TORONTO – The union representing striking Technical Standards and Safety Authority (TSSA) inspectors has filed a bad-faith bargaining complaint and applied for first-contract arbitration with the Ontario Labour Relations Board as the inspectors’ job action reaches the two-month mark.
The TSSA has been undertaking inspections by internal managers and third-party inspectors since the 170 TSSA inspectors, members of OPSEU/SEFPO Local 546, went on strike July 21.
Safety inspectors are responsible for inspections of several aspects of construction sites and elevating devices as well as inspecting fuel-burning equipment, propane-refuelling stations, amusement-park rides, food trucks and elements in nuclear power plants.
Examples of what it termed unacceptable demands by the TSSA cited by the union included the implementation of a 14-step wage grid that ignores seniority and is subject to a “satisfactory performance rating,” and a lack of travel time compensation.
The union also said in some cases female inspectors are paid less than males.
The two sides have not met since July 20, when the TSSA presented a first-contract offer. Both sides accuse the other of refusing to return to the bargaining table.
TSSA vice-president of communications Alexandra Campbell has said, “We truly negotiated in good faith. Our key objective was to be able to get a good first agreement in place with OPSEU for the inspectors. We value them, we value the work, their contributions.”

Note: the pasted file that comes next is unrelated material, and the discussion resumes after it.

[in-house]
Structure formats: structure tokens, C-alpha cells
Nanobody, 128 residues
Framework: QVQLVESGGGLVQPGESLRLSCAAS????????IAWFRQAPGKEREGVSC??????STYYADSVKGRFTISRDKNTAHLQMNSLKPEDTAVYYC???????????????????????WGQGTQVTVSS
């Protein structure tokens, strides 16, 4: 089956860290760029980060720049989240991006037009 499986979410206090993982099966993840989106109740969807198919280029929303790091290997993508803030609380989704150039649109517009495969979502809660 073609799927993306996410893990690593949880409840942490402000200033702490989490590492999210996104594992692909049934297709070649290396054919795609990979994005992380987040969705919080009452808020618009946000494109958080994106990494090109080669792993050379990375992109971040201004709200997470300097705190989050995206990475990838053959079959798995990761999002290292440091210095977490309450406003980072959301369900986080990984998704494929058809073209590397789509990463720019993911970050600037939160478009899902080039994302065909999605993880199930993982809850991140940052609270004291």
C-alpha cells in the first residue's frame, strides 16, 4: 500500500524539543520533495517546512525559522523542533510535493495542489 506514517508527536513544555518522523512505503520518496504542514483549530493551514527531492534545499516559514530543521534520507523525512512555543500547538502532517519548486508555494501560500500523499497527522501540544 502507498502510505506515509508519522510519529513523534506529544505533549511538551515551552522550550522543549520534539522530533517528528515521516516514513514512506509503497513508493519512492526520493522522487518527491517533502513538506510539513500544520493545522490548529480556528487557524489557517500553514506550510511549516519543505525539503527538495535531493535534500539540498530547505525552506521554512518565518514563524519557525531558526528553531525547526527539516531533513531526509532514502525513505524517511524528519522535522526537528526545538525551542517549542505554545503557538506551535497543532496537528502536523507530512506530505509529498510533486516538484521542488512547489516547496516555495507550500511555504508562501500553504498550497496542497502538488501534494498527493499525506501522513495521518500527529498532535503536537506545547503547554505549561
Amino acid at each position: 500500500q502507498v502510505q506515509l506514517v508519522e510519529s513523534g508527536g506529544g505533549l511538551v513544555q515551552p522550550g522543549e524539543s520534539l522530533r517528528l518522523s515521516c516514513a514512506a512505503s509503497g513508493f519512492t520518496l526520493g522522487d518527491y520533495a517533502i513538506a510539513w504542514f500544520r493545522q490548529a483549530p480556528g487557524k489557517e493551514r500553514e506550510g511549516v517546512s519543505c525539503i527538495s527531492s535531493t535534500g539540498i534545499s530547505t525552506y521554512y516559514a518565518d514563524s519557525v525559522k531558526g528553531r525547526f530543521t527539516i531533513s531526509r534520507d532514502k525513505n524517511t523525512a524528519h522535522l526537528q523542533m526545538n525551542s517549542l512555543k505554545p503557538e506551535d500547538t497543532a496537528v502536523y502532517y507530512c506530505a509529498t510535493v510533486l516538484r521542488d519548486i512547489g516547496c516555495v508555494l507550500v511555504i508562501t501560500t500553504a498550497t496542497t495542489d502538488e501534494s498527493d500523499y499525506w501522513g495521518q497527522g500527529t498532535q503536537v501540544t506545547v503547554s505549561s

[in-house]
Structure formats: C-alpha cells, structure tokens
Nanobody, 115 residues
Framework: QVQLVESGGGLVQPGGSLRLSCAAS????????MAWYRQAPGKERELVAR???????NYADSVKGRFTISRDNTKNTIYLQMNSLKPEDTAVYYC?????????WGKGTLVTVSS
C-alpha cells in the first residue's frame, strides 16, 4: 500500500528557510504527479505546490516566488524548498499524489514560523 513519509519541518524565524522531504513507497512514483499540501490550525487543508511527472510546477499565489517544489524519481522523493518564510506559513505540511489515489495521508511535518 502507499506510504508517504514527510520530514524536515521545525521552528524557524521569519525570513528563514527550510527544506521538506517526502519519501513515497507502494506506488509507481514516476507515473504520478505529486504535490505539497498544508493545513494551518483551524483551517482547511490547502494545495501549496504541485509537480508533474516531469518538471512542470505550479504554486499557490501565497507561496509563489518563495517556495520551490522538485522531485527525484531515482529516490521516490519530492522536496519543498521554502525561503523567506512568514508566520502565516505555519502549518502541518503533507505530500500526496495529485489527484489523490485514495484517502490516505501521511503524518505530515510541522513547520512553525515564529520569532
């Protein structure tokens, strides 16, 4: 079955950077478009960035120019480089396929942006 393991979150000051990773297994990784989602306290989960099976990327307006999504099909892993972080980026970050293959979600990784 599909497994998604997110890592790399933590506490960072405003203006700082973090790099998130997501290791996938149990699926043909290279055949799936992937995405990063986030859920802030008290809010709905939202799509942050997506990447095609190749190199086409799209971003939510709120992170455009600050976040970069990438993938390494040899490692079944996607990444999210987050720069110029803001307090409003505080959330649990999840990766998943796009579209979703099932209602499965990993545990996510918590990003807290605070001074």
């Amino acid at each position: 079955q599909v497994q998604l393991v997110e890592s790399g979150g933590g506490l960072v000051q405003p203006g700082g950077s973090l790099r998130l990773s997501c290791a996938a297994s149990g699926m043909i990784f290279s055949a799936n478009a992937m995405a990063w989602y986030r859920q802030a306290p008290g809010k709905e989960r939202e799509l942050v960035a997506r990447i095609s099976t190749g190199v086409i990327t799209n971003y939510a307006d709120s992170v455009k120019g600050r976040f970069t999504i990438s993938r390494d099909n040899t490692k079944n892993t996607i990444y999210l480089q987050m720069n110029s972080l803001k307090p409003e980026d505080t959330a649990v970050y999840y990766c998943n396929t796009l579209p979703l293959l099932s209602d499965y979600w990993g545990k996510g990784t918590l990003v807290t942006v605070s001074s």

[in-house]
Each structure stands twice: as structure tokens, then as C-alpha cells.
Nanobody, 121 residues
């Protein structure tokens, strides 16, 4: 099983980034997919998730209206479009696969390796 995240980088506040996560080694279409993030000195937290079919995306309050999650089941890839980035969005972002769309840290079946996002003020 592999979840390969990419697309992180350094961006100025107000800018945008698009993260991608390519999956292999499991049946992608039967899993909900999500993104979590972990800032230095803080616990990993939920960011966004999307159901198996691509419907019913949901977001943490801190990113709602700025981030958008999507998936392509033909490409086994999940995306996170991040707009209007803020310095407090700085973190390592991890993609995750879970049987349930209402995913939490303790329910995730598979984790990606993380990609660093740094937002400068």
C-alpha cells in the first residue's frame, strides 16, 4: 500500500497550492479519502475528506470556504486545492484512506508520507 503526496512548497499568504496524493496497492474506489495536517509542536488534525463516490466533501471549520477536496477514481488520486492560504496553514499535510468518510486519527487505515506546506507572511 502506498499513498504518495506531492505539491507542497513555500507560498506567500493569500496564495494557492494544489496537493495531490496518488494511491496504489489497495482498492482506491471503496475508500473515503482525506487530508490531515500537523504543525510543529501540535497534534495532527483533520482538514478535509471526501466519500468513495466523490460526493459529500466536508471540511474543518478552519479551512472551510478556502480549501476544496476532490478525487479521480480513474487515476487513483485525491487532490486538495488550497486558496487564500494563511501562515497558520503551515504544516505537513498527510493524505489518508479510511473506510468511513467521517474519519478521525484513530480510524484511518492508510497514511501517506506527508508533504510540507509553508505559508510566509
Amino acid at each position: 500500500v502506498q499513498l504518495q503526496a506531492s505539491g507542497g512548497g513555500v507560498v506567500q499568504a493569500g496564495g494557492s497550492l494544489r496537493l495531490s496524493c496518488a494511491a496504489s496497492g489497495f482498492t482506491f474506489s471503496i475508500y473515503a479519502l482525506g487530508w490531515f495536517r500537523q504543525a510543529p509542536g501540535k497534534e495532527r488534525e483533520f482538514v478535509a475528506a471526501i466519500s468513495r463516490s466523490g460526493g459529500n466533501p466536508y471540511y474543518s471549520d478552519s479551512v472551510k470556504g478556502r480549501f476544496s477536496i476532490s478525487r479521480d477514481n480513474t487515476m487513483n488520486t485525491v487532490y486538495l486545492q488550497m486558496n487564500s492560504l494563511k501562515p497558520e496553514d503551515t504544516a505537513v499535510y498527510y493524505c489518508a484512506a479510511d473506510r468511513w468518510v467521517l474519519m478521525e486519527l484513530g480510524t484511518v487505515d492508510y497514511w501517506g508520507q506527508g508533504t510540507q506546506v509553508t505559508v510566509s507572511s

Campbell said the TSSA will be responding to OPSEU’s applications to the Ontario Labour Relations Board.
OPSEU’s claims of illegal demands and take-aways are completely inaccurate, she said, adding the TSSA does not treat female inspectors differently and there are no differences in how they are compensated compared to male inspectors.
“The labour board is the party to review OPSEU claims and our responses, once they are filed, and will determine if their complaints have any validity,” Campbell said. “We are willing to continue to meet with OPSEU once they make a reasonable offer that is clearly aimed at reaching an agreement that could work for both parties.”
“OPSEU/SEFPO has a sincere wish to achieve a collective agreement so inspectors can get back to the work of keeping our communities safe,” stated OPSEU/SEFPO president JP Hornick. “But the TSSA has taken an implacable position and are unwilling to negotiate.”